On Aug 2, 2007, at 12:13, Vincent Hennebert wrote:
Hope you still remember this one. Sorry about the late reply. Still
catching up on some missed posts during the holidays.
I’ve been thinking about the handling of keeps and breaks in tables
a while, and it seems to me that improvements could be done in that
whole area. I’ll use break-before as an example but what I’ll be
applies to break-after and keeps as well.
While I've also been looking into that direction myself, I'm not sure
I agree with all of your suggestions (more inline below).
Currently, for every object to which the break-before property
the value of the property is checked at the beginning of the
getNextKnuthElements method and, if it corresponds to a hard-break,
a Knuth penalty with -inf value is produced. This has several
- this leads to much code duplication;
- if, say, an fo:block has another fo:block as a child and both have
break-before, two penalties will be generated instead of one
I’m suddenly not so sure of that, more later)
- this makes it difficult to improve breaks to distinguish columns
pages, and keeps to take integer values into account.
Very right about the above, and note that this is not only true for
block-level breaks and keeps (= page- or column-breaks), but also
inline-level, where at the moment, the situation is worse. keep-
together.within-line="always" only works for text-descendants of the
same FObj. Forcing a keep-with-previous on a graphic or an fo:inline
to have it always kept on the same line as the last line generated by
preceding PCDATA is currently impossible with FOP.
In fact, we don’t so much care about the penalty element itself as
whether there /should/ be a break between elements or not. I mean, the
LMs which actually care are those which concatenate the elements:
fo:flow, fo:block, fo:block-container, fo:table-cell, etc. And they
do it the same way:
iterate over the children LMs
for each LM:
if there is a following LM, then:
if the current LM has break-after or the following LM has
generate a Knuth forced break
So the main question is to know whether there is a break before a LM.
And here that’s quite simple, there are only a few shared behaviours:
indeed there is a break-before on an element if:
- the break-before property is set on the element itself or the
fo:block, fo:block-container, fo:list-block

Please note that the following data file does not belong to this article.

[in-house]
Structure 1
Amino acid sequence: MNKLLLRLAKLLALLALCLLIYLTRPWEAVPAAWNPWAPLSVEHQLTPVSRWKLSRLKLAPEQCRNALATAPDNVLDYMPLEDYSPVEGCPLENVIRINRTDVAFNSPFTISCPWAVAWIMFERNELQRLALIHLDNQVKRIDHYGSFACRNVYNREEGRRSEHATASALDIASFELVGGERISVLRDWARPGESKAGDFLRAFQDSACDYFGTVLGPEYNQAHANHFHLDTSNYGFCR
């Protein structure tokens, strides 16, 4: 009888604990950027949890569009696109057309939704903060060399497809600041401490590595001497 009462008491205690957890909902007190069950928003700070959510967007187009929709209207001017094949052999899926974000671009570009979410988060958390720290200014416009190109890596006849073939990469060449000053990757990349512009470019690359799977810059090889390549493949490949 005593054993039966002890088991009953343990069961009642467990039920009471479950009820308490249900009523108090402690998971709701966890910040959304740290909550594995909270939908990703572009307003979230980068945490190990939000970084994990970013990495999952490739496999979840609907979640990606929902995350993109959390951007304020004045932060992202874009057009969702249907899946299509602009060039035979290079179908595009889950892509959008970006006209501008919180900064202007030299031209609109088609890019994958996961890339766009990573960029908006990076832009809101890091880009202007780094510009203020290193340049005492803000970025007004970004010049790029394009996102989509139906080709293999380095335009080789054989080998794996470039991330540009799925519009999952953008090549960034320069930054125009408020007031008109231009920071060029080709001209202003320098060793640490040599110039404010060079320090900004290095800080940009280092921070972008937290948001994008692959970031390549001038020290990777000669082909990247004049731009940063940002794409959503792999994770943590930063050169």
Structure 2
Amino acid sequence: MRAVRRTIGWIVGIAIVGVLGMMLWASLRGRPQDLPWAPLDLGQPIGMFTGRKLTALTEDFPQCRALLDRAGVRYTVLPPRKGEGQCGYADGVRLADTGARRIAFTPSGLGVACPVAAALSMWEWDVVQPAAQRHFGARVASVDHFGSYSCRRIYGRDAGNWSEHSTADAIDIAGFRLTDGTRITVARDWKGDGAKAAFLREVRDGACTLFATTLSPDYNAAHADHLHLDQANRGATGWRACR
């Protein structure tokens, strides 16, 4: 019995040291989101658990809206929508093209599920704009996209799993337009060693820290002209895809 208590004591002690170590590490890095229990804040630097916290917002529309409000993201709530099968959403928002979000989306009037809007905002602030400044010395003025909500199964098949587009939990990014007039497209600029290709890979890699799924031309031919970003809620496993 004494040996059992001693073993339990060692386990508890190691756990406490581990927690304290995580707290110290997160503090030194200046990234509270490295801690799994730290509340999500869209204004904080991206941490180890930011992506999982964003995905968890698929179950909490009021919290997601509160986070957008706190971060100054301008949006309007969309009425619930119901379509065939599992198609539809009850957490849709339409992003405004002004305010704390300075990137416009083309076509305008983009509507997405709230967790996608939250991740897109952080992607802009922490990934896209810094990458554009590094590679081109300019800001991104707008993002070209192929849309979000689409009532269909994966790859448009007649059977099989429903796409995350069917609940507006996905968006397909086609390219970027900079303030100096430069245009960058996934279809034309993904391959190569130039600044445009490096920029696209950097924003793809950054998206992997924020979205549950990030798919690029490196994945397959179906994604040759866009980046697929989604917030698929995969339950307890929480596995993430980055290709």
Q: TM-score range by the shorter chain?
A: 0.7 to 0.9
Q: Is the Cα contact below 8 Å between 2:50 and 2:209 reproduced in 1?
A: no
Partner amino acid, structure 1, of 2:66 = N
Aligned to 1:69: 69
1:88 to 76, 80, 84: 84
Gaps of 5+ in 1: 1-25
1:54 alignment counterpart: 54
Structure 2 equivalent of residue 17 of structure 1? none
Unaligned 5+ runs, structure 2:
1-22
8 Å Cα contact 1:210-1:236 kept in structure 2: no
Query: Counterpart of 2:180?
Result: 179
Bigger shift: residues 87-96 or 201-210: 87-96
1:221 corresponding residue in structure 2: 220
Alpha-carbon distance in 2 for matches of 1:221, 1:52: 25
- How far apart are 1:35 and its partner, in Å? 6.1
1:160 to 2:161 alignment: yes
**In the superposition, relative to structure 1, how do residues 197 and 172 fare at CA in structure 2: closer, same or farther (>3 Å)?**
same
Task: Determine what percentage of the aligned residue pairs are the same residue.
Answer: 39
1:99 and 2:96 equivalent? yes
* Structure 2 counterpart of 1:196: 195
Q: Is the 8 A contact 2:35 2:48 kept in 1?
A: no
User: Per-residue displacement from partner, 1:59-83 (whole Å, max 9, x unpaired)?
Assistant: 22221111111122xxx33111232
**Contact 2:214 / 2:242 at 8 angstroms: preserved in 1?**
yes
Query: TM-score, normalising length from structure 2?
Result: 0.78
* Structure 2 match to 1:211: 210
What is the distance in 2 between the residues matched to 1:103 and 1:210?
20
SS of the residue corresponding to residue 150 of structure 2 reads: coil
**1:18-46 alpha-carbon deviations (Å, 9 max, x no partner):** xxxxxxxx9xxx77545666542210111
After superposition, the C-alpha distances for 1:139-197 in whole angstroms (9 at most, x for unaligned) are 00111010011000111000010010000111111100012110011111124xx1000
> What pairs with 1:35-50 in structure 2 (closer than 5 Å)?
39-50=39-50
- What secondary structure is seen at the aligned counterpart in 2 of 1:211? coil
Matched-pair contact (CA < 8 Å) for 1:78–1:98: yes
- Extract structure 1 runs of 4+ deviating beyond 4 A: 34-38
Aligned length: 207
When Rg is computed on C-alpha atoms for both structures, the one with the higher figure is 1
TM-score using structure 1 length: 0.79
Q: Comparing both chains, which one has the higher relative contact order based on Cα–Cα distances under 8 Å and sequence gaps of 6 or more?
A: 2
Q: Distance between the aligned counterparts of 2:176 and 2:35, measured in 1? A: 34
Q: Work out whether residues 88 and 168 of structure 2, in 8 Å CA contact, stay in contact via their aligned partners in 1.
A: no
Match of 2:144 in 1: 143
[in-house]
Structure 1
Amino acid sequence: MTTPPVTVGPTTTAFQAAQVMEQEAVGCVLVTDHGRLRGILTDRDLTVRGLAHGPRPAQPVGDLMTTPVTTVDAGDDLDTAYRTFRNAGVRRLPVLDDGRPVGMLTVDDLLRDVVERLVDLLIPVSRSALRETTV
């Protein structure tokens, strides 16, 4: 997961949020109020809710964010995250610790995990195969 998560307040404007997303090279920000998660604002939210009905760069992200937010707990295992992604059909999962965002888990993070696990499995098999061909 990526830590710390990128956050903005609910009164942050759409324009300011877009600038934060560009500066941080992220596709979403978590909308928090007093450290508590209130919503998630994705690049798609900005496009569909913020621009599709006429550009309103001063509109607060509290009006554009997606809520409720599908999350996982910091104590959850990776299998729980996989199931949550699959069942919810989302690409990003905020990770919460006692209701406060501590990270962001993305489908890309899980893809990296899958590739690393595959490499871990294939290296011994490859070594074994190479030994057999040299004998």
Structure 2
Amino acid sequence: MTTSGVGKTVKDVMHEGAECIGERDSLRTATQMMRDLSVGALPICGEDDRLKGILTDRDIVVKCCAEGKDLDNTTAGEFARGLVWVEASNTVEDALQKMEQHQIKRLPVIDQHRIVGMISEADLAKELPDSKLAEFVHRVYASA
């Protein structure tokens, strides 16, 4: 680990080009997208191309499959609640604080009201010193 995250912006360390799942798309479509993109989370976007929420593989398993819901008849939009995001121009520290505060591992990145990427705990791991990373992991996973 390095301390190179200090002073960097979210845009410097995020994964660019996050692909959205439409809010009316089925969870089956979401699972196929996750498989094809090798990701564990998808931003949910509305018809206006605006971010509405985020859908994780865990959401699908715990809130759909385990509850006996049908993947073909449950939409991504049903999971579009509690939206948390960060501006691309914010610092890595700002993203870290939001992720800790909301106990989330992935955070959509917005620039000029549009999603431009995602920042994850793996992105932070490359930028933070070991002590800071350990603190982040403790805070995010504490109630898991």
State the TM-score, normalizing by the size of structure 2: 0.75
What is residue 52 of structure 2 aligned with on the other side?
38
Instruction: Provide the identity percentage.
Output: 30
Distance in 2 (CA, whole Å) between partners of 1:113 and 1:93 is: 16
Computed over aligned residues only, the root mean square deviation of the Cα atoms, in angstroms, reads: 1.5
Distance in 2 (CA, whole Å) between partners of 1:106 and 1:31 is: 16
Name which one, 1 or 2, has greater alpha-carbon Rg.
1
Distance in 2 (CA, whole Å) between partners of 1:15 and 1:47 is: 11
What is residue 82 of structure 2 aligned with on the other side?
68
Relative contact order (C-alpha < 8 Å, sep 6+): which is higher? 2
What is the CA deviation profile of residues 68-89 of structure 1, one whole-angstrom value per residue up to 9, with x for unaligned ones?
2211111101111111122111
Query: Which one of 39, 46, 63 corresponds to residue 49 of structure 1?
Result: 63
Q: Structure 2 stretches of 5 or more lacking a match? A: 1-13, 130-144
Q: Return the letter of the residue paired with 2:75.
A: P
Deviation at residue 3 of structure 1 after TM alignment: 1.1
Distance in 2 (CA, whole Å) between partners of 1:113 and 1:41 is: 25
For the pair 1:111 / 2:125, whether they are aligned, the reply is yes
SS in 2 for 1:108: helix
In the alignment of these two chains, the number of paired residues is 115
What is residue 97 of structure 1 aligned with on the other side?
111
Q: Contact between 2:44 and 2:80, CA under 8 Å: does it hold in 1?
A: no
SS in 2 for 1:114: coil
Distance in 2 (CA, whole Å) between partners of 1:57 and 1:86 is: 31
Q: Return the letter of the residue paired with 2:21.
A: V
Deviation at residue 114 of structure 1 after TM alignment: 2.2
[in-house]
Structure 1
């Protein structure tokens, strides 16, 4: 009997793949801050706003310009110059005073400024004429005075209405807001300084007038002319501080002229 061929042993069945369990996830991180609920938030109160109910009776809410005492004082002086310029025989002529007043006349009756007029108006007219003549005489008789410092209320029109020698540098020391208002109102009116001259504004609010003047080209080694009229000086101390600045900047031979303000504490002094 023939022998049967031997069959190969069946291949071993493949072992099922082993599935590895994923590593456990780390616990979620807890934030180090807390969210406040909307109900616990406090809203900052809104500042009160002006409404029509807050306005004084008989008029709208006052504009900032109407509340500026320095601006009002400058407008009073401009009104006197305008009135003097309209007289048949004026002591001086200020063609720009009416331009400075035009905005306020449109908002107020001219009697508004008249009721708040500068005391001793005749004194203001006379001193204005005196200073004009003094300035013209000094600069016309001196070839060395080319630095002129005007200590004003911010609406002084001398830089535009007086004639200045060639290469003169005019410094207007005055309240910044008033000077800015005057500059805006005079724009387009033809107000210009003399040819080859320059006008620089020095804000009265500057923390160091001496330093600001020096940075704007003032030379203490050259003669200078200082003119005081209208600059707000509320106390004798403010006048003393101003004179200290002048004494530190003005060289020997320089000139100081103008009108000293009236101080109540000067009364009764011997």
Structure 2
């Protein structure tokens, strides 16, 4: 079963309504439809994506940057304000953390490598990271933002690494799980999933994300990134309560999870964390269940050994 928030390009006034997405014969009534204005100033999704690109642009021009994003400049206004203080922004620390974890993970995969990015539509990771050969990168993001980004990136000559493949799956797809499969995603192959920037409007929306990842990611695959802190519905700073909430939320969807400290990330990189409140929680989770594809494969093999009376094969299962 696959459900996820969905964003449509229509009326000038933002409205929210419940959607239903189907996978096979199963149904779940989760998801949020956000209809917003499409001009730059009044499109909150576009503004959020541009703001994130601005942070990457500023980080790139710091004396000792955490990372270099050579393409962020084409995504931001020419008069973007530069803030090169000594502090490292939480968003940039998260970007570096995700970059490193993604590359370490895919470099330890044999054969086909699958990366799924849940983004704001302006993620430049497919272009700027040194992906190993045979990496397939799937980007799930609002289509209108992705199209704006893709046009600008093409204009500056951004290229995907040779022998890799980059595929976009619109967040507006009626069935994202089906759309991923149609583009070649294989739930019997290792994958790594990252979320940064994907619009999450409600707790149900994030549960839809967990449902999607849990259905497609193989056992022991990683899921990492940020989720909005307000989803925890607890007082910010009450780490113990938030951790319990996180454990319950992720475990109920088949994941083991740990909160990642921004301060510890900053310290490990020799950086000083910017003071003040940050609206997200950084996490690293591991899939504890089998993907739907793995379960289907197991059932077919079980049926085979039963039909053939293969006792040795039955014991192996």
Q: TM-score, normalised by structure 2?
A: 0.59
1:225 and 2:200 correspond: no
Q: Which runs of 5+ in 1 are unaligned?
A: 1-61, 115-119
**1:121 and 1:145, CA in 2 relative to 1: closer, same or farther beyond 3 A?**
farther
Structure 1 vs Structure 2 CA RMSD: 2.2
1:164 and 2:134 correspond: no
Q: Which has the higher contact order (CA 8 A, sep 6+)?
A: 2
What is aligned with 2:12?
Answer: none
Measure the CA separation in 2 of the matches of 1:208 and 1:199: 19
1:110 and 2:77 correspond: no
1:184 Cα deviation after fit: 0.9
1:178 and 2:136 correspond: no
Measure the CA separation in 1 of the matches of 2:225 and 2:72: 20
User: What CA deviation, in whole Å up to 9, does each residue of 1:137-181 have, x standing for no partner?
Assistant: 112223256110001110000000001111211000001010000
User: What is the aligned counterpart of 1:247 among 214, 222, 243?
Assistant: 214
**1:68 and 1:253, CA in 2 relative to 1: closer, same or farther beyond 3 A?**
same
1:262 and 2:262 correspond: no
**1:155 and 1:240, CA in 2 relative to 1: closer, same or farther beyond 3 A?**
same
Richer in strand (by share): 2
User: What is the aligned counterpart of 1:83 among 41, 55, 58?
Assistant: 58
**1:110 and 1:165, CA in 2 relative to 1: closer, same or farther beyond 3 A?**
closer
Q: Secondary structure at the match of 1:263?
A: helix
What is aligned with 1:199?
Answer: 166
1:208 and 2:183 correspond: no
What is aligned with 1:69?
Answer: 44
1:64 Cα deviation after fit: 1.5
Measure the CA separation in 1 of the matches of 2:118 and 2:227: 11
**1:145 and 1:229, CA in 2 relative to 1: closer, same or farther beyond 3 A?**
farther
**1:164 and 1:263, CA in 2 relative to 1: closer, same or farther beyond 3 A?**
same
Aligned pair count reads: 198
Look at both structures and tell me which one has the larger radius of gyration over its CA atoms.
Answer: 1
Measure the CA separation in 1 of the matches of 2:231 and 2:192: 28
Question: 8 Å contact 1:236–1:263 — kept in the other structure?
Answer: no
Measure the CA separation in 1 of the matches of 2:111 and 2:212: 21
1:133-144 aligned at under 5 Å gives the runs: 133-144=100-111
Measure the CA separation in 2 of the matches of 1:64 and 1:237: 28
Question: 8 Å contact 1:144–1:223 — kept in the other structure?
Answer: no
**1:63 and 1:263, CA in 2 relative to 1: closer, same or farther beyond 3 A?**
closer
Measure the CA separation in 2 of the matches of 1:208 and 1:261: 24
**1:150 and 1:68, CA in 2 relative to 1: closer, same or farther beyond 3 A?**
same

- it is set on the element itself or any of its children:
- it is set on the first of its children:
fo:table-caption, fo:table-cell, fo:list-item-body,
- fo:table: on itself or first table-body
- fo:table-body: on the first fo:table-row child if any;
any of fo:table-cell children making the first row
- not applicable:
fo:table-column, fo:table-header/footer, fo:float, fo:footnote-body
I think I see another way of simplifying the necessary code in the
LMs, but I'm not a 100% sure...
Currently, a break is not propagated upwards or normalized in any way
in the fo-tree.
If you would have:
Then we would get three nested Block instances, and the corresponding
BlockLM for the first outer Block always needs to check its first
childLM for the break-condition.
OTOH, the above is semantically equivalent to (I think we had already
established that there should not be a double page-break here)
If the LMs would be guaranteed to receive the 'normalized' form, the
break-condition can be tested for internally by the outer LM itself.
No need to look forward or back... The first descendants wouldn't
even need to check for breaks anymore.
So there would just be a couple of methods to write, for each
We could (for the moment) define a dedicated class with static
which would be called by each LM (some methods are imaginary, but you
get the idea):
Interesting idea, too, but...
The benefit would be that the whole handling of breaks can be found in
just one place, instead of being spread among all the LMs. This is
easier to correct bugs; this is easier to implement new features
vs page break, integer keeps...); this simplifies the
getNextKnuthElements methods of the LMs. And so on...
Agreed with the concerns, but I'm wondering if these portions of
code, instead of extracting them into a separate class, could be
centralized in, say, BlockStackingLM and InlineStackingLM...?